Usefulness of the hemogram as a measure of clinical and serological activity in systemic lupus erythematosus. Journal of translational autoimmunity Background and objectives:Systemic Lupus Erythematosus (SLE) follow-up is based on clinical, and analytical parameters. We aimed to determine the differences between the Neutrophil-to-lymphocyte ratio (NLR), Platelet-to-lymphocyte ratio (PLR) and Red blood cell distribution width (RDW) between SLE patients and healthy controls and to assess their association with anemia status, classical inflammatory biomarkers and cytokines, disease activity, SLE related factors and treatment received for SLE. Methods:Seventy-seven patients with SLE according to 2012 SLICC criteria and 80 healthy controls were included. Patients with SLE were classified in SLE with anemia (SLE-a) and SLE without anemia (SLE-na). Statistical analysis between SLE patients and controls and the association of serological and clinical activity markers with proposed hematological indices among SLE patients were performed. Results:RDW, NLR and PLR, were significantly higher in SLE patients than in healthy control group (p < 0.001), in SLE-a patients as compared to SLE-na (p < 0.0001) and were significantly associated with hypocomplementemia (p < 0.05). PLR was higher in active patients measured by SLEDAI-2K score and with longer disease duration (p < 0.05). RDW was associated with serological activity of the patients (p < 0.05) and was correlated with SLEDAI-2K and SLICC/ACR scores, hsCRP, D-dimer, fibrinogen, IL-6 and TNF as well as with corticosteroids intake (p = 0.05). A logistic regression analysis confirmed that after adjustment by age and hemoglobin values, RDW presented linear correlation with IL-6 levels (Beta-coefficient = 0.369, p = 0.003). Conclusion:NLR, PLR and RDW values suggest SLE serological and clinical activity. Given their availability, these markers not only could be useful tools to identify and monitor active SLE patients but whose application should be considered in inflammatory pathologies orchestrated by IL-6 and TNF. 10.1016/j.jtauto.2022.100157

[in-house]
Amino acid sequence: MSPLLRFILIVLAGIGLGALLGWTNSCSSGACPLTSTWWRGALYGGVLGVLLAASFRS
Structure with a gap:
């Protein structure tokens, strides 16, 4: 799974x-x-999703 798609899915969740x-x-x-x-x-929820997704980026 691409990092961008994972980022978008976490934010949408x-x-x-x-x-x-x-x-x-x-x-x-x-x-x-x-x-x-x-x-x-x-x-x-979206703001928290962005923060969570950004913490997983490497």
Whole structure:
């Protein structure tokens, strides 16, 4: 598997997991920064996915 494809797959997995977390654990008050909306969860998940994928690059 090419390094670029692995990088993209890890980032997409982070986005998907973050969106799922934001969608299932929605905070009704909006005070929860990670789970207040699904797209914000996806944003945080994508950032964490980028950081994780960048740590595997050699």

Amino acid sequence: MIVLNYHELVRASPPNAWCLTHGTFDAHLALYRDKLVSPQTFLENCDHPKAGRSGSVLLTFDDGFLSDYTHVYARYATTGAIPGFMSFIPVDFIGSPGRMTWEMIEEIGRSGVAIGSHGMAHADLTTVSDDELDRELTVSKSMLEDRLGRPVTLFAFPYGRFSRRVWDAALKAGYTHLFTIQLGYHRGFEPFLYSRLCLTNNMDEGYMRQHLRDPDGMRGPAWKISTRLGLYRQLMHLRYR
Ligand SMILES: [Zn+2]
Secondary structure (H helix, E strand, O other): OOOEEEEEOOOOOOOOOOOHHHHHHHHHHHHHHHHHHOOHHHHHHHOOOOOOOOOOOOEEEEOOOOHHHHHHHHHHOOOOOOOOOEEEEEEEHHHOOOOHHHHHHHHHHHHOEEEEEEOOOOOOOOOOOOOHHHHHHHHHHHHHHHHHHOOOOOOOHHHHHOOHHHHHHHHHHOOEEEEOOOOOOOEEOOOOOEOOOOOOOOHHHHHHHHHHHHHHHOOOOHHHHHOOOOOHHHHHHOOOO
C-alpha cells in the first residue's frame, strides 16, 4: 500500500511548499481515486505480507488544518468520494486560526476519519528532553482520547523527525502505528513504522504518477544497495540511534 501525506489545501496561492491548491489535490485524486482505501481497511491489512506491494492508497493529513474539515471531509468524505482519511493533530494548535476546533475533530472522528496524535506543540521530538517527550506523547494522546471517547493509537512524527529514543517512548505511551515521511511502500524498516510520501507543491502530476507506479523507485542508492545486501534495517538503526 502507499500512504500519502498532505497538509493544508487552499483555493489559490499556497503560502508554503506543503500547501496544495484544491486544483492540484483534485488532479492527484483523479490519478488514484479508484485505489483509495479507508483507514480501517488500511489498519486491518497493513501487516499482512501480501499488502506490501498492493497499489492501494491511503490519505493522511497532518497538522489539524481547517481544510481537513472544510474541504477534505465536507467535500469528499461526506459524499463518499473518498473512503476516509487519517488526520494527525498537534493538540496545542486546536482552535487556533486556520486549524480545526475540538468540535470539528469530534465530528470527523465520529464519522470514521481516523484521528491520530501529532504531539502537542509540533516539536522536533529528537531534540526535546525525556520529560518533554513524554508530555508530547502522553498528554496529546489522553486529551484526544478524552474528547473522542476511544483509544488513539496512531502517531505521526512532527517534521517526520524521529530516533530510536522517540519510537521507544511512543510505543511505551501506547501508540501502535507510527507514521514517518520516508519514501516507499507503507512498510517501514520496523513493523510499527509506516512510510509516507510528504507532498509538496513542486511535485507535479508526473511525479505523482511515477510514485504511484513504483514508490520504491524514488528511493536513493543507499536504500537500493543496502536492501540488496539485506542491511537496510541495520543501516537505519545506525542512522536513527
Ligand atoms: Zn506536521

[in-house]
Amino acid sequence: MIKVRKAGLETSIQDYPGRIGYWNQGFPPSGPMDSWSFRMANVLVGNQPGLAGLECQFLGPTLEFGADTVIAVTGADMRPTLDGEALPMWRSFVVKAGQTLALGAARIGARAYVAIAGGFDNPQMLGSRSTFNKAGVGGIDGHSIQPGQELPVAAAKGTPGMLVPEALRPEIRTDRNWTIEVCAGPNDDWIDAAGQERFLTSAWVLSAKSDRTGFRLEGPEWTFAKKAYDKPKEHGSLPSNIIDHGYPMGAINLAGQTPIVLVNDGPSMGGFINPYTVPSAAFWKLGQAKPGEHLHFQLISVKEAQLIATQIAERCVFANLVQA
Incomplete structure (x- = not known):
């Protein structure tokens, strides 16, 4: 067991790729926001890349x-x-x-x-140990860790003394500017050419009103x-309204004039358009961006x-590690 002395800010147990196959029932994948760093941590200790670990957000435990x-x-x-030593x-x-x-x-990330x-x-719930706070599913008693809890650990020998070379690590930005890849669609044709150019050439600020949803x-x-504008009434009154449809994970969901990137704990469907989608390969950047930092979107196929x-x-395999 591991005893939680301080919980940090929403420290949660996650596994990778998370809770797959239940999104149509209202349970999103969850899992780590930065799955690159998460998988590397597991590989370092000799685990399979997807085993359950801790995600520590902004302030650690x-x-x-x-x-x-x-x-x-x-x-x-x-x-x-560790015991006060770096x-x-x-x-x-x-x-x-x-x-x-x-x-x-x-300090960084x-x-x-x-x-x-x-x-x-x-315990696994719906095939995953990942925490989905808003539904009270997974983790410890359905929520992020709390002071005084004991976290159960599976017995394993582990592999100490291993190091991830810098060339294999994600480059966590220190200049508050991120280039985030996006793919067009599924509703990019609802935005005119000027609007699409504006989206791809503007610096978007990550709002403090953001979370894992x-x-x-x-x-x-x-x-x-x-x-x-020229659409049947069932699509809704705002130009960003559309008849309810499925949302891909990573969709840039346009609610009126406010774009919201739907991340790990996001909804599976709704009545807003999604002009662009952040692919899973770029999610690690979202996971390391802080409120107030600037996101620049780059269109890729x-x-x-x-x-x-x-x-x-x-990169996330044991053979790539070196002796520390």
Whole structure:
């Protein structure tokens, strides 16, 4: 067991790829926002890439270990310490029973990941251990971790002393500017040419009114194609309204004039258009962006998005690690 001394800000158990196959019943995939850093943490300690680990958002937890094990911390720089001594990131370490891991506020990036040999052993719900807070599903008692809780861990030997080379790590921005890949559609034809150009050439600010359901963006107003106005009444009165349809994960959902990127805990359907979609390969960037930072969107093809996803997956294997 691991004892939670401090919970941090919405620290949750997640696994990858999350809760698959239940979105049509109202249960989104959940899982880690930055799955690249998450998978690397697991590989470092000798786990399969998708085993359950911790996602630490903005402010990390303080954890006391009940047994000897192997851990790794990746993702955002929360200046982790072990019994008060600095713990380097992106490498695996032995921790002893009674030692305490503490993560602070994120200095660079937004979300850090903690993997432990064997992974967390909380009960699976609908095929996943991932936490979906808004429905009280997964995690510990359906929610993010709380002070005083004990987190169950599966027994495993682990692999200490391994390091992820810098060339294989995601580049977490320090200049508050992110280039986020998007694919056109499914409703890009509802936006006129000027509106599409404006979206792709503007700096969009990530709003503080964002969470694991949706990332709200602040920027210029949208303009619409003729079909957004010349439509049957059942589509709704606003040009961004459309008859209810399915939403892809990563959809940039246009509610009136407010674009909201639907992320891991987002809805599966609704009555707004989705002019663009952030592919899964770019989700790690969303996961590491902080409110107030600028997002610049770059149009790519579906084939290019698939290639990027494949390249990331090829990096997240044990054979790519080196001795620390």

Baseline Red Blood Cell Distribution Width Correlates with Disease Activity and Therapeutic Outcomes in Patients with Systemic Lupus Erythematosus, Irrespective of Anemia Status. Zou Xing-Li,Lin Xiao-Jing,Ni Xun,Wang Jing,Liu Wen,Wei Jin Clinical laboratory BACKGROUND:Red blood cell distribution width (RDW) has been recently found to reflect systemic inflammation in addition to anisocytosis, and its value for assessing disease activity of systemic lupus erythematosus (SLE) has been addressed in two studies, but its correlation with therapeutic outcomes and disease flare has not been evaluated. METHODS:One hundred and ninety-six newly diagnosed patients with SLE (all-SLE), including 105 non-anemic patients (na-SLE) and 91 patients with anemia (a-SLE) were prospectively studied. Baseline RDW of SLE patients was compared with that of control subjects. Correlations between RDW and disease activity, traditional laboratory parameters, clinical features, therapeutic outcomes, and disease flare were examined. RESULTS:RDW was exclusively higher in all-SLE, na-SLE, a-SLE than in controls (p < 0.001), but no significant difference of RDW was found between na-SLE and a-SLE (p = 0.27). More active disease scored with SLE Disease Activity Index 2000 (SLEDAI-2K) was present in patients with elevated RDW (> 15%) than normal RDW (= 11 - 15%) irrespective of anemia status (p < 0.001), and positive correlation between RDW with SLEDAI-2K was also disclosed independent of anemia status (r = 0.576, 0.614, 0.542, respectively for all-, na- and a-SLE, all with p < 0.001). Additionally, RDW positively correlated with high-sensitivity C-reactive protein (hsCRP) in all-SLE (r = 0.352, p < 0.001), na-SLE (r = 0.430, p < 0.001), and a-SLE (r = 0.315, p = 0.002). Among all clinical features, only the incidence of pulmonary arterial hypertension (PAH) was likely to be higher in elevated-RDW SLE than in normal-RDW SLE (χ2 = 4.135, p < 0.05). Patients received stratified therapy of remission induction based on their disease activity. A significantly higher rate of response (complete and partial response) was observed in normal-RDW than in elevated-RDW patients (all-SLE: 92.2% vs. 74.1%, p = 0.001; na-SLE: 92.3% vs. 77.5%, p = 0.04; a-SLE: 92% vs. 70.7%, p = 0.012). During a 12-month follow-up of the 166 responders, significantly greater flare-free survival was observed in normal-RDW than in elevated-RDW patients (68.8% vs. 29.8%, p = 0.002; 53.6% vs. 28.1%, p = 0.027; 55.9% vs. 31.4%, p = 0.032, respectively, for all-, na- and a-SLE). CONCLUSIONS:Our findings suggest that baseline RDW is an easily available parameter not only capable of reflecting SLE overall activity, but also predicting therapeutic outcomes and the risk of disease flare irrespective of anemia status. 10.7754/Clin.Lab.2016.160213